AMHERST, N.Y. (WIVB) — Ever walk into UB’s Center for the Arts and find the following items on stage?

  • a bicycle
  • a tetherball
  • a piñata resembling Summer Wheatly

If so, then you were probably at “Napoleon Dynamite Live” Thursday night — a celebration and discussion of the low budget indie classic that ended up becoming a huge hit.

Following a screening of the 2004 movie, three of the film’s stars made a musical entrance onto the stage — Jon Gries (Uncle Rico) on guitar, Efren Ramirez (Pedro) on harmonica, and down the center-left aisle, Napoleon himself — Jon Heder.

Side note: They sounded great!

In a night of trivia, games and “revenge therapy,” the three spoke of their time on set, roughly 20 years ago, answering audience questions and handing out tater tots.

And yes, Jon Heder actually likes tots.

“Everything you see is exactly what it seems,” Heder told the audience. And he meant it, sharing his love for the lunchroom (and classroom) snack, as well as noting his real disdain for Tina the llama and anything that looked like it tasted bad.

We learned a lot about the movie and its eclectic cast on Thursday night. Here are some of the fun facts they shared with the audience at the University at Buffalo:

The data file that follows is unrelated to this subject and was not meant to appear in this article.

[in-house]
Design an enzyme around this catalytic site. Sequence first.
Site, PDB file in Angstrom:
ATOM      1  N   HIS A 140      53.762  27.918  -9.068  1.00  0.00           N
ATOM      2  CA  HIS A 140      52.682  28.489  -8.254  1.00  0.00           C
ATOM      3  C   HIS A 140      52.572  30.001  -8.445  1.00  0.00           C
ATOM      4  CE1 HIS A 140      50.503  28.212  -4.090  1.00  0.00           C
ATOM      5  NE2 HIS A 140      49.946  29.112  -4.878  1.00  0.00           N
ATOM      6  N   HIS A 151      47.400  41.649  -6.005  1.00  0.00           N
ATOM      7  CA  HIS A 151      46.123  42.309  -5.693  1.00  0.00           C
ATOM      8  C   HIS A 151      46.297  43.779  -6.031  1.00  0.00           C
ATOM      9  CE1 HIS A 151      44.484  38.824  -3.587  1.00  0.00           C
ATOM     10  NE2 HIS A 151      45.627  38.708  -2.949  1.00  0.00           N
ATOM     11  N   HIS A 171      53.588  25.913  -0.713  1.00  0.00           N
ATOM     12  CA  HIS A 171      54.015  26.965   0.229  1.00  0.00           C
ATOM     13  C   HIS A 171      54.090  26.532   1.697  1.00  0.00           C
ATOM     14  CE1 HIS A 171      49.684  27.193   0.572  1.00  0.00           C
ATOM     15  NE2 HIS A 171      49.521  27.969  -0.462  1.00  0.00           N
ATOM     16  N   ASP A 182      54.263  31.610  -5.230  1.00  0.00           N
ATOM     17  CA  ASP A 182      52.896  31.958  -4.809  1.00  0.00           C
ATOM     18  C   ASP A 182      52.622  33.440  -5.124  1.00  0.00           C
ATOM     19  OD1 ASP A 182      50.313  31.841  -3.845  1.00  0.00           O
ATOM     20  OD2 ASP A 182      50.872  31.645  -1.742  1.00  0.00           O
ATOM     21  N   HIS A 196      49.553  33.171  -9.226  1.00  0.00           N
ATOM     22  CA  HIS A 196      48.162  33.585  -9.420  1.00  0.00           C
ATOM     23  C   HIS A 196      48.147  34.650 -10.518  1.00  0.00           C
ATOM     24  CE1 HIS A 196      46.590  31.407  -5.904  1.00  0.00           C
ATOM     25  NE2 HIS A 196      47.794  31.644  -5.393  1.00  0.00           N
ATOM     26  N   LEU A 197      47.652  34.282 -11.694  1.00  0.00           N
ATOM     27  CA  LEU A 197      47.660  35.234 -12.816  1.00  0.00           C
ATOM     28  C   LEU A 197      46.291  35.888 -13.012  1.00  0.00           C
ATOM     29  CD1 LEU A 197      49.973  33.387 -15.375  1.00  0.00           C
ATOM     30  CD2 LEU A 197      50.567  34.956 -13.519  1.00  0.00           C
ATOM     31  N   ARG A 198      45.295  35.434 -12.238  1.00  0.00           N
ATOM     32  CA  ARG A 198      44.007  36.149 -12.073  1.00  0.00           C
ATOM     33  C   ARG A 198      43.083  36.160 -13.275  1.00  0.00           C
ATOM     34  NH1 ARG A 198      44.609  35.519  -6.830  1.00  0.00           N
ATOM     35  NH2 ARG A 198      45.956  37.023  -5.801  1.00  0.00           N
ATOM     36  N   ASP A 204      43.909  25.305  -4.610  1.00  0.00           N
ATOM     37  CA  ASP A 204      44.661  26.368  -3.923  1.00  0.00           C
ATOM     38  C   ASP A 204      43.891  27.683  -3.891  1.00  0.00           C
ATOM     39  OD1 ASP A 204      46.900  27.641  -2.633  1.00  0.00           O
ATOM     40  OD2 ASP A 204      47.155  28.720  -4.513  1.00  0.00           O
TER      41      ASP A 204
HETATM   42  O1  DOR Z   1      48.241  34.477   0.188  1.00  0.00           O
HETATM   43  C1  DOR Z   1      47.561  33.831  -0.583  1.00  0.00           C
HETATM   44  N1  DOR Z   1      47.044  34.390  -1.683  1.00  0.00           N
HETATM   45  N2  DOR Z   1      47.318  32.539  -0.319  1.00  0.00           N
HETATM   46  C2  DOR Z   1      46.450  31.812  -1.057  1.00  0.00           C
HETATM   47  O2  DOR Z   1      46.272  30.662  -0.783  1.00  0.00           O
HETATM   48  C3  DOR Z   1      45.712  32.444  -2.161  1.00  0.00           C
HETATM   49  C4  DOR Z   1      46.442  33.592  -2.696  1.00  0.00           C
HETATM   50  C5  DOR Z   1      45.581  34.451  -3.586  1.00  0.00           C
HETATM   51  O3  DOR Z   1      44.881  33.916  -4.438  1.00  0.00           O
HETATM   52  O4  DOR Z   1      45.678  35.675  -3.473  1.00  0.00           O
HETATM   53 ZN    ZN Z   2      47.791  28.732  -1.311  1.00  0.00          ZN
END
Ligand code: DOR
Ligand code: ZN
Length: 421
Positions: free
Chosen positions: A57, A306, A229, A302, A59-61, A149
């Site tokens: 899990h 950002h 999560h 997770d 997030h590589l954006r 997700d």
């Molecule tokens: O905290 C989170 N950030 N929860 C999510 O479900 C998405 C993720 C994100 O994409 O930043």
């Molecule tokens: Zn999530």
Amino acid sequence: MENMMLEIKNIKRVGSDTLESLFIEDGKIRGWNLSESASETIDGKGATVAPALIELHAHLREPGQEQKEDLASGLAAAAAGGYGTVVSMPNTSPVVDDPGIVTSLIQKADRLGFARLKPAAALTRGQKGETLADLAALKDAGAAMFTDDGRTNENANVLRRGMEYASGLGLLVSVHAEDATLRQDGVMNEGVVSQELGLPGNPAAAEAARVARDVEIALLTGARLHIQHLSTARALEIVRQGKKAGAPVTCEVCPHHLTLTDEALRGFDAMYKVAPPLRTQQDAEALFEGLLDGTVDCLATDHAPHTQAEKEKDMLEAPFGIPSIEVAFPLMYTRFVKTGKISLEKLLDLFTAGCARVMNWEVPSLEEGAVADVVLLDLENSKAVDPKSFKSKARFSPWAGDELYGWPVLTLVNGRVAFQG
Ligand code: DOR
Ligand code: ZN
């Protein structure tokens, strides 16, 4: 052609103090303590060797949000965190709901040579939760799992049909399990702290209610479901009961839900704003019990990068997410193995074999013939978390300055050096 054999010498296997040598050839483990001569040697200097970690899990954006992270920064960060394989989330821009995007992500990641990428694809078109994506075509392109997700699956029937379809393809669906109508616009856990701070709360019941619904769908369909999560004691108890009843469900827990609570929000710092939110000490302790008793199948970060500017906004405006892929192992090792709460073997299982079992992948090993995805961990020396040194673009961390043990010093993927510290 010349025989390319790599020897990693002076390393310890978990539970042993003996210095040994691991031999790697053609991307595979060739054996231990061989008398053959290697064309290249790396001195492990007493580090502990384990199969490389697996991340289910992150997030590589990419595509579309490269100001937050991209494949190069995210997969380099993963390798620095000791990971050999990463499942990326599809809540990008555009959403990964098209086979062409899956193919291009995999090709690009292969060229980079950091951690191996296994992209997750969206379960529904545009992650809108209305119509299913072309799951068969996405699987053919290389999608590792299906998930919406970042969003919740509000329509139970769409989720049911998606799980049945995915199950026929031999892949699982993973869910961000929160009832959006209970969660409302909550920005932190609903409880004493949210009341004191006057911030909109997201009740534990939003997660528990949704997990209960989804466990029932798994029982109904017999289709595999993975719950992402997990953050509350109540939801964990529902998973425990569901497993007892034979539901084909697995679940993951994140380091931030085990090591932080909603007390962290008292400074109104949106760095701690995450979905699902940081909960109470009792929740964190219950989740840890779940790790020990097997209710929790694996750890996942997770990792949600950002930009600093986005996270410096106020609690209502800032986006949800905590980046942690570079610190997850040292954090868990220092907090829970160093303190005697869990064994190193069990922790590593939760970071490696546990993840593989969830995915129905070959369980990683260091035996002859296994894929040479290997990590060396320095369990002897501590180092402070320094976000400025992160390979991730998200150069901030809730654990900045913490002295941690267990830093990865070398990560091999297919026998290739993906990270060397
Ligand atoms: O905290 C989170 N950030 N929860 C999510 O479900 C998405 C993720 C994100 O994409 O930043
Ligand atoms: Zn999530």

1. Napoleon’s neighbor in the movie, Lyle (played by Dale Critchlow), was an actual farmer from the area (the movie is based in Preston, Idaho), while the other farmer who couldn’t find his checkbook was an actor.
  2. Lyle’s post-credits marriage advice to Kip (Aaron Ruell) and Lafawnduh (Shondrella Avery) was one of the only off-script or improvised moments in the film.
  3. Many characters in the film were based on the younger brothers of cast and crew members.
  4. Heder’s iconic dance near the end of the film wasn’t choreographed. He insists on not calling it “the dance” or “the dance routine;” just “dance,” because that’s what he did.
  5. Those drawings Napoleon did? Yup, actual artwork of Heder.
  6. Jon Gries actually threw the steak at Heder, and yes, it really did hurt. (That wasn’t a sound effect)
  7. The steak scene was arguably the most difficult part to film.
  8. Gries played baseball in junior college.
  9. Where did they get Uncle Rico’s van? “That was just a local van,” Gries says, noting “It stunk.”
  10. The woman who joined Uncle Rico at the end of the movie was Aaron Ruell’s real-life wife.
  11. Ruell designed the opening credits sequence with the various plates of food.
  12. The cast says Ruell was a man of many talents, including the photography seen on the wall of the Dynamite household.
  13. Heder doesn’t believe the “book” of Napoleon Dynamite is closed just yet.

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Evan Anstey is an Associated Press Award, JANY Award and Emmy-nominated digital producer who has been part of the News 4 team since 2015. See more of his work here and follow him on Twitter.